Wow, thanks for that. It will take me a while to digest it.
Fortunately, my problem is simple enough that I do not need to do RVO
manually. But I might need it for other parts of my program, so I've
saved your text for future reference.

Thank you!

Alex


> Cheers, & hth.,
>
> - Alf
>
> --
> A: Because it messes up the order in which people normally read text.
> Q: Why is it such a bad thing?
> A: Top-posting.
> Q: What is the most annoying thing on usenet and in e-mail?


 
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Gianni Mariani
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Posts: n/a
 
      05-11-2008
(E-Mail Removed) wrote:
> Hello, newbie here.
>
> I'd like to know if there is a way to return a structure from a
> function, without creating any other intermediate variables. Also,
> this should be done such that the function can still be declared as
> inline.
>
> More precisely, given the structure:
>
> struct TwoFields {
> int Field_one;
> int Field_two;
> }
>
> I want a function like the following one, but without the
> extra declaration, "TwoFields myReturnStruct;":
>
> inline TwoFields ReturnMyFields(int myInt) {
>
> TwoFields myReturnStruct;
>
> myReturnStruct.Field_one = myInt/2;
> myReturnStruct.Field_two = myInt%2;
>
> return myReturnStruct;
> }
>
> The only reason I want this is speed efficiency, so if this is not
> worth doing please let me know.


Premture optimization alert !

BTW - if you really want to do this - imho this is the easy way - and
BTW - RVO will prolly happen.

TwoFields & f = ReturnMyFields(v);

Notice there is a temporary returned which is getting bound to a
reference. In theory, this will only get constructed once - in the
function ReturnMyFields; If your compiler is really smart, (and olot of
them are) it will never hit memory and exist only in registers.

Unless you "know" this is an issue for you, don't bother worrying about it.
 
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Erik Wikström
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      05-12-2008
On 2008-05-12 00:33, Gianni Mariani wrote:
> (E-Mail Removed) wrote:
>> Hello, newbie here.
>>
>> I'd like to know if there is a way to return a structure from a
>> function, without creating any other intermediate variables. Also,
>> this should be done such that the function can still be declared as
>> inline.
>>
>> More precisely, given the structure:
>>
>> struct TwoFields {
>> int Field_one;
>> int Field_two;
>> }
>>
>> I want a function like the following one, but without the
>> extra declaration, "TwoFields myReturnStruct;":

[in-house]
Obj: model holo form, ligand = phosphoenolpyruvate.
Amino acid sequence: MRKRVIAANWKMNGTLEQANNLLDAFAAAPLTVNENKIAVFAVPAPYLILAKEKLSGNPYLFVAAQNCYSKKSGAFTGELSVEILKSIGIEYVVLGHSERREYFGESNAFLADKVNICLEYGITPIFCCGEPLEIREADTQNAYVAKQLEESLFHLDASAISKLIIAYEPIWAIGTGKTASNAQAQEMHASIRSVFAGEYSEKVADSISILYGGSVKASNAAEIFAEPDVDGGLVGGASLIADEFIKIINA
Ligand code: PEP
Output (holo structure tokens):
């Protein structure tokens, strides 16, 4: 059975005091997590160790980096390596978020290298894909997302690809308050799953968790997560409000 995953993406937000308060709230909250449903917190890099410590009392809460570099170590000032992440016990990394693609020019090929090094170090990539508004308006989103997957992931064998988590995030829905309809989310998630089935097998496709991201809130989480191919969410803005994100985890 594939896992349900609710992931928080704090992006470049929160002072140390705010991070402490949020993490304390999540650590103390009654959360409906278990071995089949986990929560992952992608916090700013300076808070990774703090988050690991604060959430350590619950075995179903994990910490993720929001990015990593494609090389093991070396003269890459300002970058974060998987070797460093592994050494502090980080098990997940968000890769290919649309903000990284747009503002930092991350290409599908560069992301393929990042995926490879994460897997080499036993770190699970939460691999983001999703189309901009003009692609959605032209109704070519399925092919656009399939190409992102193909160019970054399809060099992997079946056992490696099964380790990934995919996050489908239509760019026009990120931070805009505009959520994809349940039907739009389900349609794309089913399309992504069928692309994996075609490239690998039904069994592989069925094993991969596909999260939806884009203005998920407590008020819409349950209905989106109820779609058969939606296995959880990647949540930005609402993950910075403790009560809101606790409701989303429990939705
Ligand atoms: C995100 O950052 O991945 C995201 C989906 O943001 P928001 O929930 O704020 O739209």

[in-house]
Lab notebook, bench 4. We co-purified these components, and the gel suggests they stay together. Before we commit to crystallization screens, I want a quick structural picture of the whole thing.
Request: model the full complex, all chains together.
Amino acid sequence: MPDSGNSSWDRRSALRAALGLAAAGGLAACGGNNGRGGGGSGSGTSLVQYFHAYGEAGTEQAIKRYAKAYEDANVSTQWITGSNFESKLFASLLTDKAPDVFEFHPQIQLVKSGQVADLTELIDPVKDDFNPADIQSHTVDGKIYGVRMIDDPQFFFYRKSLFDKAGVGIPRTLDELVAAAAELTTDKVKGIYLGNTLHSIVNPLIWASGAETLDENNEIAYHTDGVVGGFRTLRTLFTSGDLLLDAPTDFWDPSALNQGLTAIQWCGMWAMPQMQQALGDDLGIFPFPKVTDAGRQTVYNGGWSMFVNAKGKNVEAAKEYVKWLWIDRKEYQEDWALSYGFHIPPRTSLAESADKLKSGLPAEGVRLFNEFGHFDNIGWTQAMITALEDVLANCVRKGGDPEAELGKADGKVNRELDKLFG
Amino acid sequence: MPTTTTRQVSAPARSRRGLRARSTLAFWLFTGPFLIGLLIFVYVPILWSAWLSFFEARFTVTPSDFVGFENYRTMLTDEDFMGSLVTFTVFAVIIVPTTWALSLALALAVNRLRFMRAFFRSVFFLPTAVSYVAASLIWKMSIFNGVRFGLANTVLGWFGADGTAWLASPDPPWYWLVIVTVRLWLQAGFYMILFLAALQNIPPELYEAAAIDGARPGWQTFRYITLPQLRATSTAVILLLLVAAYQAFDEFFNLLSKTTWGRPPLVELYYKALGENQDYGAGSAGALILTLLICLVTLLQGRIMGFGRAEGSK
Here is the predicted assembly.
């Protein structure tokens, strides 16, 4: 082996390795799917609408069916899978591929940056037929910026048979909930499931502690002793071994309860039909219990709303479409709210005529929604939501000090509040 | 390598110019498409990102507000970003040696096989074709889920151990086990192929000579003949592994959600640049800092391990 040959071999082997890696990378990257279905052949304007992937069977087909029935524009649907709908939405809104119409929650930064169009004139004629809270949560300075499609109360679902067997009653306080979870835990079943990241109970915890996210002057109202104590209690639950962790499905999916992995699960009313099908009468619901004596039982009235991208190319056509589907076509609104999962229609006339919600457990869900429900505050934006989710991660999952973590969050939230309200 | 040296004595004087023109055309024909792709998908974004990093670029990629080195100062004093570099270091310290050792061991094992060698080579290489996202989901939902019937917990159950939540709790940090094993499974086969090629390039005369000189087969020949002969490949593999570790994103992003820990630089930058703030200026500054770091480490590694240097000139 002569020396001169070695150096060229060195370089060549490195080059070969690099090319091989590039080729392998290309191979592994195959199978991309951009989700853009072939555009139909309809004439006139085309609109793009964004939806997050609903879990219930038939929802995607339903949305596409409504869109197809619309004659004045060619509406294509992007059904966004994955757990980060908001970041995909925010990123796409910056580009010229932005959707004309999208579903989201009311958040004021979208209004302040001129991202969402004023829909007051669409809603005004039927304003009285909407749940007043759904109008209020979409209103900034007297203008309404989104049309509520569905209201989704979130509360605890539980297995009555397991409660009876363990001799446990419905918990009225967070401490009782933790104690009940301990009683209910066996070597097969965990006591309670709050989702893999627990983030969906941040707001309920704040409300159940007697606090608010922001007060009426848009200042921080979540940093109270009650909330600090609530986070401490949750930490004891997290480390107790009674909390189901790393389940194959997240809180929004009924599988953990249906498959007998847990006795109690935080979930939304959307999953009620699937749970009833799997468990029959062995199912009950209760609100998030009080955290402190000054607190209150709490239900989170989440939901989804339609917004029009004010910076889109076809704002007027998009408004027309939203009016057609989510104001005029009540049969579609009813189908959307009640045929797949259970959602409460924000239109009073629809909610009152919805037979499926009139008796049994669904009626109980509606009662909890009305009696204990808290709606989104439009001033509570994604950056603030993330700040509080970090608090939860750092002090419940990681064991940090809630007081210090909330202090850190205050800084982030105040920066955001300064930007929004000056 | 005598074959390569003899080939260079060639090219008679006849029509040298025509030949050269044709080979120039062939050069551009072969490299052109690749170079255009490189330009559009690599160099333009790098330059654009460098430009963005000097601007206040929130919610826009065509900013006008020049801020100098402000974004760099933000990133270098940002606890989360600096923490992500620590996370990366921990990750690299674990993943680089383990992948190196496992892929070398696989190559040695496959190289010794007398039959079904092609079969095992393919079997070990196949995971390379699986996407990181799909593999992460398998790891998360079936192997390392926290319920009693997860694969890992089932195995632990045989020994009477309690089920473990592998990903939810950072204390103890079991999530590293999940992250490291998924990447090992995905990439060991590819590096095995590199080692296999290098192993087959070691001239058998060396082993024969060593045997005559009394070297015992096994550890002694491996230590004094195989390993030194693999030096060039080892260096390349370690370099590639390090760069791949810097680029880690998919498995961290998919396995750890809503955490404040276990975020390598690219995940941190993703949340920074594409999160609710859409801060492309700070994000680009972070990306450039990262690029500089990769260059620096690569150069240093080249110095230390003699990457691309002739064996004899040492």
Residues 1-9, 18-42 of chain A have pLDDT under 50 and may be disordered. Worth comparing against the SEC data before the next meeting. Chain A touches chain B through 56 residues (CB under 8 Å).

>>
>> inline TwoFields ReturnMyFields(int myInt) {
>>
>> TwoFields myReturnStruct;
>>
>> myReturnStruct.Field_one = myInt/2;
>> myReturnStruct.Field_two = myInt%2;
>>
>> return myReturnStruct;
>> }
>>
>> The only reason I want this is speed efficiency, so if this is not
>> worth doing please let me know.

>
> Premture optimization alert !
>
> BTW - if you really want to do this - imho this is the easy way - and
> BTW - RVO will prolly happen.
>
> TwoFields & f = ReturnMyFields(v);


const TwoFields & f = ReturnMyFields(v);

--
Erik Wikström
 
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Stefan Ram
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      05-12-2008
=?UTF-8?B?RXJpayBXaWtzdHLDtm0=?= <(E-Mail Removed)> writes:
>>>inline TwoFields ReturnMyFields(int myInt) {
>>>TwoFields myReturnStruct; [...]
>>>return myReturnStruct;

>const TwoFields & f = ReturnMyFields(v);


How long will the object created with TwoFields myReturnStruct; live?

I used to believe that its lifetime would end not later than the
evaluation of the full expression ReturnMyFields(v) or even
when the control is leaving the block containing its declaration.

 
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Erik Wikström
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      05-12-2008
On 2008-05-12 18:42, Stefan Ram wrote:
> =?UTF-8?B?RXJpayBXaWtzdHLDtm0=?= <(E-Mail Removed)> writes:
>>>>inline TwoFields ReturnMyFields(int myInt) {
>>>>TwoFields myReturnStruct; [...]
>>>>return myReturnStruct;

>>const TwoFields & f = ReturnMyFields(v);

>
> How long will the object created with »TwoFields myReturnStruct;« live?
>
> I used to believe that its lifetime would end not later than the
> evaluation of the full expression »ReturnMyFields(v)« or even
> when the control is leaving the block containing its declaration.


When you bind a temporary to a const reference the lifetime of the
temporary is extended to last as long as the reference.

--
Erik Wikström